Poltergeists: Special Animal Bodies Edition! Week of May 3, 2015

Poltergeists is a biweekly feature in which Michael and Wes share tracks that they have had on repeat over the past two weeks. This week, Vancouver's Animal Bodies took some time to lay out some tracks that they've been bumping.

Them Are Us Too - "Eudaemonia"

We played with Them Are Us Too a few weeks ago and I have been listening to this ever since. Everything about this song is absolutely beautiful. Music that you can close your eyes too, feel yourself floating through and be reassured by is such a rare and special thing. During my adolescence, it was terribly easy to fall in love with so many songs and feel a personal and deep connection with them. Those songs put their arms around me, comforted me and pulled me into them in a way that made me feel like I made as much sense as they did. As I left my adolescence behind it became harder to share those same moments with music. Maybe my understanding of music changed; perhaps it became too analytical, too jaded… Or maybe life’s distractions and interruptions managed to get in the way too often. Maybe I just listen to too much shitty dance music now. Whatever the reason, it feels like that kind of song happens less despite my love of music not having faltered since I was a child. This is one of those rare and gorgeous songs that I feel entirely comfortable and understood in. And they’re wonderful people to be around.

Beta Evers - “Don’t Be Afraid”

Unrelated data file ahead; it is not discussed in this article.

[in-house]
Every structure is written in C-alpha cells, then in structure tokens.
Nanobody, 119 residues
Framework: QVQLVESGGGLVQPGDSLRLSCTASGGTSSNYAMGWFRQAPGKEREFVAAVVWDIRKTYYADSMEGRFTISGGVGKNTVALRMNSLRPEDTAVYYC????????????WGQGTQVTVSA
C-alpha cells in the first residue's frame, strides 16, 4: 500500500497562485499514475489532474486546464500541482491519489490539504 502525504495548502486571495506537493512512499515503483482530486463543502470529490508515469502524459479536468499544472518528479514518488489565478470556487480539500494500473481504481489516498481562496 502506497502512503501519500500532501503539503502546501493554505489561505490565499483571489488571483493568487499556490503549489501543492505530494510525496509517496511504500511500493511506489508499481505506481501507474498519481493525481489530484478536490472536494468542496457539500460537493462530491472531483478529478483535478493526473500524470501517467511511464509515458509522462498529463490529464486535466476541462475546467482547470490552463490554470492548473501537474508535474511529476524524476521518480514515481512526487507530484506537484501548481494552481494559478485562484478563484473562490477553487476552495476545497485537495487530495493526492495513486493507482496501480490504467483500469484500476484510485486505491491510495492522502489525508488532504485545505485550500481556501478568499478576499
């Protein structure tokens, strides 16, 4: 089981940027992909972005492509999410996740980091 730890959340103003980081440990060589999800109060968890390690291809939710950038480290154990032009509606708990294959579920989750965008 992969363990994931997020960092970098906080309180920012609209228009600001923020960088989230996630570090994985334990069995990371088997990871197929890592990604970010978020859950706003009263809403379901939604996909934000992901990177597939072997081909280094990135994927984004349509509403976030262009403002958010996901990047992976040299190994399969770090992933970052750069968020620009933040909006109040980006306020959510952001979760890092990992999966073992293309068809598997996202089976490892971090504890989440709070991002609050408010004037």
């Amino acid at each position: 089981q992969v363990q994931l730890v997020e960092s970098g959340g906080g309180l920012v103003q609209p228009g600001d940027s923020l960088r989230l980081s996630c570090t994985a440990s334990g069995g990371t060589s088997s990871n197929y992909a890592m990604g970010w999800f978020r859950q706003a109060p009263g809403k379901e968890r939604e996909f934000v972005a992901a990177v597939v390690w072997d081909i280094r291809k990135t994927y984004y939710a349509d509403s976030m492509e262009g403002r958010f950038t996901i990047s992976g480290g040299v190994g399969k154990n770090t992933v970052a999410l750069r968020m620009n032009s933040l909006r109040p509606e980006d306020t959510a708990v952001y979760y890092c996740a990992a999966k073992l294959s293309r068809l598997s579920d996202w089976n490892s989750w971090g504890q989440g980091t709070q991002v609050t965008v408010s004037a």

We listened to Beta Evers often while driving from city to city on our last tour (along with a great deal of other more unmentionable, secret music) and it made for some wonderfully hypnotic night drives. This song in particular has stuck with me. There are a few synth basslines that I wish I had written: Jam On It (Newcleus), Lightning Man (Nitzer Ebb), Closer (NIN) and this one. The leveled tension that is characteristic of her songs is perfectly played out in Don’t Be Afraid and gets me totally tranced out everytime I hear it. And that soft, flute like repeating melody...

Hard Corps - “Desolation Land”

Hard Corps never received the success they deserved when they were active. For all the great bands that have based their sound entirely around the use of synthesizers, few understood how to use them like Hard Corps did. Their ability to program, layer and mix the electronics is something I rarely hear from synth based bands to the degree that they could. The sounds they coaxed out of their instruments swim elegantly between each other and blend into the perfect balance between sequenced rhythms and pure soundscapes. The science and art behind sound design on a synthesizer is often underestimated and overlooked. So too is the possibility to develop your own style of sound with an instrument that has the potential to be so unique but is often just made to sound like a few easily recognizable machines and genres. Hard Corps made their instruments sound like Hard Corps. As it should be.

Technotronic - “Pump up the Jam”